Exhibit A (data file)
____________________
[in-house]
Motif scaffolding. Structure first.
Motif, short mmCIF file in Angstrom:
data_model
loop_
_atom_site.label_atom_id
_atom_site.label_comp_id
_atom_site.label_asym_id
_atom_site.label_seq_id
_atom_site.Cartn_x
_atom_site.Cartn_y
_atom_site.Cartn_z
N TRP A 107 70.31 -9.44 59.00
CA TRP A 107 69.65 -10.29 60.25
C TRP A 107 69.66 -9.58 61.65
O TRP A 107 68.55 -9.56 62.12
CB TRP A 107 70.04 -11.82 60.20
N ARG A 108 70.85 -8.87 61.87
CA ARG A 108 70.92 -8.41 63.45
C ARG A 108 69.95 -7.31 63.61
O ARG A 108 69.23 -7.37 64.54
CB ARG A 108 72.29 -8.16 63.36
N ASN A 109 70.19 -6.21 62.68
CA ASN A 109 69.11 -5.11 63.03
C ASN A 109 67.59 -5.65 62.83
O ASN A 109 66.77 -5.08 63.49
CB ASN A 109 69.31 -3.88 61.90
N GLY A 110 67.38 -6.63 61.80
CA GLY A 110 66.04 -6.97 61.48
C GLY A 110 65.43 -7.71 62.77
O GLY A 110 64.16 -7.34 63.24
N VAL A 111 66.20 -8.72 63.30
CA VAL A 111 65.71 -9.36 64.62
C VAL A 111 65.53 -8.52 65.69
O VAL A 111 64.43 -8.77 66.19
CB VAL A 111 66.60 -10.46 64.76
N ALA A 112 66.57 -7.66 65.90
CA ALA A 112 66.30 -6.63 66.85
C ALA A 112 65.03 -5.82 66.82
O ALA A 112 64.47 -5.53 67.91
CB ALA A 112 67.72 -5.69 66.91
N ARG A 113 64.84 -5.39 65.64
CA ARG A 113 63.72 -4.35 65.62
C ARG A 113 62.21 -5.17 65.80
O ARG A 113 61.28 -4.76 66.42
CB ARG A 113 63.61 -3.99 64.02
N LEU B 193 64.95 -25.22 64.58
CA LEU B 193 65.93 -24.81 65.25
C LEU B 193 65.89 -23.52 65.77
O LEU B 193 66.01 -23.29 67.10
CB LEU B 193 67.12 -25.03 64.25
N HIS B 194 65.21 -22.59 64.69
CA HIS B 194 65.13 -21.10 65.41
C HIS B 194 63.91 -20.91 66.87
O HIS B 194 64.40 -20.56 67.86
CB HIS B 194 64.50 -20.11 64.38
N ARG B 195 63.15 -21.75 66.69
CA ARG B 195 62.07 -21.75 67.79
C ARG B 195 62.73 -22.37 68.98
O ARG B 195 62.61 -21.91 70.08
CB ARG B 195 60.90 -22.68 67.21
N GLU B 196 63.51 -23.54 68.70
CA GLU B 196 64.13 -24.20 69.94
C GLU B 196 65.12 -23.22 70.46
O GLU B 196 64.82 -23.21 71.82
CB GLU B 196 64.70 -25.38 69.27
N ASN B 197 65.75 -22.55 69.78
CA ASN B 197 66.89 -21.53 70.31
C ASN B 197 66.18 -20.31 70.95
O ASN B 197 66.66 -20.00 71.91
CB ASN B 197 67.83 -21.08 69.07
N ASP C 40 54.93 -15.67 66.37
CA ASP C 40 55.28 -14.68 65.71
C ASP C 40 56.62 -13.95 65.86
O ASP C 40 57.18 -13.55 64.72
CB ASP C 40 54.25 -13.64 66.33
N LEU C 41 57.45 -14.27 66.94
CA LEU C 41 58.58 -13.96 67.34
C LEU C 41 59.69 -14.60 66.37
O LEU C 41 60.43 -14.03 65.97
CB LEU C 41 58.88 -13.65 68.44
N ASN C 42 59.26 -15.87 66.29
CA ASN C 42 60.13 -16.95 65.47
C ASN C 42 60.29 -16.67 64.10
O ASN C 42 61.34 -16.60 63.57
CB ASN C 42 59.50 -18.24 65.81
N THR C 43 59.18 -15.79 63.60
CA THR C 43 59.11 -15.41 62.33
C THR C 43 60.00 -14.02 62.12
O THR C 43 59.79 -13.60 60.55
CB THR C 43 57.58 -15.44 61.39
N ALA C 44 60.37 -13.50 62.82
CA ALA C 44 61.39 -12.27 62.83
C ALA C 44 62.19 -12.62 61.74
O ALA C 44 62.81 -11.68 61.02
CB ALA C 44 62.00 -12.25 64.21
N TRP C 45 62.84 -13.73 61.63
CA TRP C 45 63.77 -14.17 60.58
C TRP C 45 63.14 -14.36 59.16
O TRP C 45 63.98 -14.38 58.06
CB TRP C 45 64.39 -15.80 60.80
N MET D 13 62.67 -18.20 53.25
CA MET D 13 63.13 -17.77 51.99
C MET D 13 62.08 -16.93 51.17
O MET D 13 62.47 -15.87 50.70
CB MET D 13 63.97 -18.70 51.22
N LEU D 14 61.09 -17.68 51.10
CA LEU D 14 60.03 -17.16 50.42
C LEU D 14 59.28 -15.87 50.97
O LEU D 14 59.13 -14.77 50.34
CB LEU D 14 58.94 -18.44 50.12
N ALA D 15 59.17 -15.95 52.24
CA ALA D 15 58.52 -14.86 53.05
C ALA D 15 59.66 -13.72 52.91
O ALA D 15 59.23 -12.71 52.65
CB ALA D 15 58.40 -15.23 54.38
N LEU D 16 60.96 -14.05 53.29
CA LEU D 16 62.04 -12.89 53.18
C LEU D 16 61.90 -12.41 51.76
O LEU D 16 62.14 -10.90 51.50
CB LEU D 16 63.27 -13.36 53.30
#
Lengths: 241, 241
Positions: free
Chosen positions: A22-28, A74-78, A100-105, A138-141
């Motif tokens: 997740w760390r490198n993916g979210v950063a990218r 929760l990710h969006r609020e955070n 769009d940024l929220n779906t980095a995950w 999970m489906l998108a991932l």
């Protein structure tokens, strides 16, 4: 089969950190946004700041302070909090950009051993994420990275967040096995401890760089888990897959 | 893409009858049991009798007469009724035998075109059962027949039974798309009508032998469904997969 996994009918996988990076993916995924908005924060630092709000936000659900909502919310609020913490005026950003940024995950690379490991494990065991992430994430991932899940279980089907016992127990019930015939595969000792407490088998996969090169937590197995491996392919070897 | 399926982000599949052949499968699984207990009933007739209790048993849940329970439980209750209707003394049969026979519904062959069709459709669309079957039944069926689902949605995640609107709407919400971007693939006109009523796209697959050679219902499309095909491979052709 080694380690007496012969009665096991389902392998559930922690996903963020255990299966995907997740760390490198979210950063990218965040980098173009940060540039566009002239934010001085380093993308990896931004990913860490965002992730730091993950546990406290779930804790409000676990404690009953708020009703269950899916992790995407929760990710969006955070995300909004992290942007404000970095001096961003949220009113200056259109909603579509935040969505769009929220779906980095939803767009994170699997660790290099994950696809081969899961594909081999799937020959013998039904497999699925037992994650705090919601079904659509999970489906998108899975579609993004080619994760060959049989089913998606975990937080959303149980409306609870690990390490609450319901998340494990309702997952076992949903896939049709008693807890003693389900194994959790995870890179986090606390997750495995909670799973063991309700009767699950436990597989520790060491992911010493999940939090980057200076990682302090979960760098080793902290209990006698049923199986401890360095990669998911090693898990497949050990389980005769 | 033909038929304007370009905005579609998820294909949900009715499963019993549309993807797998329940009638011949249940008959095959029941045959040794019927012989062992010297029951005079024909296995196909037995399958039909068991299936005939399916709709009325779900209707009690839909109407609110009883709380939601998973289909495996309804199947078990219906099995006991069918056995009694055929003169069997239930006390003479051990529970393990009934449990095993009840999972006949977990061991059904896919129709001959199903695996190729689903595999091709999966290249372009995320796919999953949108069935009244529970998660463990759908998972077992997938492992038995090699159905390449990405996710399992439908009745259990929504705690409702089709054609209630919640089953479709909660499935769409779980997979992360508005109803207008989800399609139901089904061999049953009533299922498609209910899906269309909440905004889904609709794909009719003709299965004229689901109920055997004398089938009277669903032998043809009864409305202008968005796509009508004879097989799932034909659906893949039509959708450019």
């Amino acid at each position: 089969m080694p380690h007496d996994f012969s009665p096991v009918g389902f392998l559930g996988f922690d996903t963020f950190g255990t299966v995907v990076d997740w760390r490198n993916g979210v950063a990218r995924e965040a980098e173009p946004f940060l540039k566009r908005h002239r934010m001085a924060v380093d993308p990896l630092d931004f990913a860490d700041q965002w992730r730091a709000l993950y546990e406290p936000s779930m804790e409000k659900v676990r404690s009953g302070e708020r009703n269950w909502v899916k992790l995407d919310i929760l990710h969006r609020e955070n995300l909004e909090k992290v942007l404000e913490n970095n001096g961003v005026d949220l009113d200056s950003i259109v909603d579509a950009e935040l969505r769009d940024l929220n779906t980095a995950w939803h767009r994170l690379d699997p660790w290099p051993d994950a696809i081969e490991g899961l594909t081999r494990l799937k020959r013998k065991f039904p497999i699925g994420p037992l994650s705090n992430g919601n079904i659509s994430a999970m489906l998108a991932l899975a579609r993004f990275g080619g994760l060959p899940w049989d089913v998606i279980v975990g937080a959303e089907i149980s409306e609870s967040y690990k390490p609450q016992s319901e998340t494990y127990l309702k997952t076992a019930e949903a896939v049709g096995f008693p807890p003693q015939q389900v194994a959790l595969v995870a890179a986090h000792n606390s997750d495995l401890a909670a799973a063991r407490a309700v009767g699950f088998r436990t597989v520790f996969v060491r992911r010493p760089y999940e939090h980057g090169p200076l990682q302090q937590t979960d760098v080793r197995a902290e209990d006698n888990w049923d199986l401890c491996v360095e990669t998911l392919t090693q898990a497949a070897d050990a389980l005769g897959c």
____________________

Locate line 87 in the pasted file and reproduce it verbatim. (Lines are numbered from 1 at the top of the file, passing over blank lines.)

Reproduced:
N THR C 43 59.18 -15.79 63.60